I didn’t have any money, except for the grant cheque. ‘This is all I have,’ I showed him the cheque. It flapped about as my hands trembled with fear. What made matters worse, I knew the cheque wouldn’t satisfy him. Desperately, I looked about A for help but there was none, it was just me and knife-boy. I was now convinced I was going to die. 

I could tell this wasn’t his first time by his confidence. I tried to hide a gold chain I wore around my neck, but too late, he’d spotted it. He ripped it off me and without another word or further violence, he scarpered down the alleyway. Likewise, I ran but in the opposite direction. Although I’d lost the gold chain my parents had bought me for my thirteenth birthday, I’d escaped with my life. 

I re-joined the busy street and relative safety, but my heart still thumped in my chest. It took an age for me to calm down. With my head hung low so as not to catch the eye of any passer-by, I sloped back home. The event was over but even now the nightmare is still as vivid as the day it happened.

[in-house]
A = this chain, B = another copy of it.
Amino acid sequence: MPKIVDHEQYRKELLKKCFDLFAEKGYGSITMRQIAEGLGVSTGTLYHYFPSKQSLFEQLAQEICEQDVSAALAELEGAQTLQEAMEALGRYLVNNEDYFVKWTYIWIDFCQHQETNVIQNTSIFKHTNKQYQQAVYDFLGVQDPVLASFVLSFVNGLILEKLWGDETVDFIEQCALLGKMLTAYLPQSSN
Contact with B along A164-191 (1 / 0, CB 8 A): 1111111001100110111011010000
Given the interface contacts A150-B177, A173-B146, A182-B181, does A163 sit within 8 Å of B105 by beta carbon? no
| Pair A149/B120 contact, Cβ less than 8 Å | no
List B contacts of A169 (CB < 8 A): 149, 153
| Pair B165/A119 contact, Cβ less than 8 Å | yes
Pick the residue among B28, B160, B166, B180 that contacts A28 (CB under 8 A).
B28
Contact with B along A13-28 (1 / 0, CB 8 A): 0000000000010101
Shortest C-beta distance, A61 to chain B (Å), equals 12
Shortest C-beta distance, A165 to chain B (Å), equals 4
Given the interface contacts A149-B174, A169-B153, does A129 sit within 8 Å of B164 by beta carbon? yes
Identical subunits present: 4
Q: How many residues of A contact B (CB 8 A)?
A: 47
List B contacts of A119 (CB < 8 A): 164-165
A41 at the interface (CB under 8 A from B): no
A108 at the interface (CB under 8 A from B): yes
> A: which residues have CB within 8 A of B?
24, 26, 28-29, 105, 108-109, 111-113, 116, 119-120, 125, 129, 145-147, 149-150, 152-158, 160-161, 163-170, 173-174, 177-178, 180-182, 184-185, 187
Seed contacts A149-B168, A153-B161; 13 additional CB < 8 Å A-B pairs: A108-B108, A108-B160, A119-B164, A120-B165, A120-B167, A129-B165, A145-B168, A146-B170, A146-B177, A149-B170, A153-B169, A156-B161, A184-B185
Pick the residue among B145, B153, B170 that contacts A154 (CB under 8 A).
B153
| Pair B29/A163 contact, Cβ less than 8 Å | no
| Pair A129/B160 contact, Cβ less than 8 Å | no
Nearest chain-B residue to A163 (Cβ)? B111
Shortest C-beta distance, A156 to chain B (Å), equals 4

Because I’d spent most of my childhood running away from bullies, I could scarcely read nor write! I grew up in a strict family environment, and my parents did not allow me nor my brother to hang around street corners or outside the chippy like most kids. Although my early education was lacking, I still had a passion for learning and would have rather been at home studying than hanging about the streets. However, I soon realised that if you lived in East-London and weren’t involved with the gangs, you would eventually become a target. Torn between my strict family upbringing and the peer pressure of the streets, I had to find a coping strategy — I did, and lived two lives!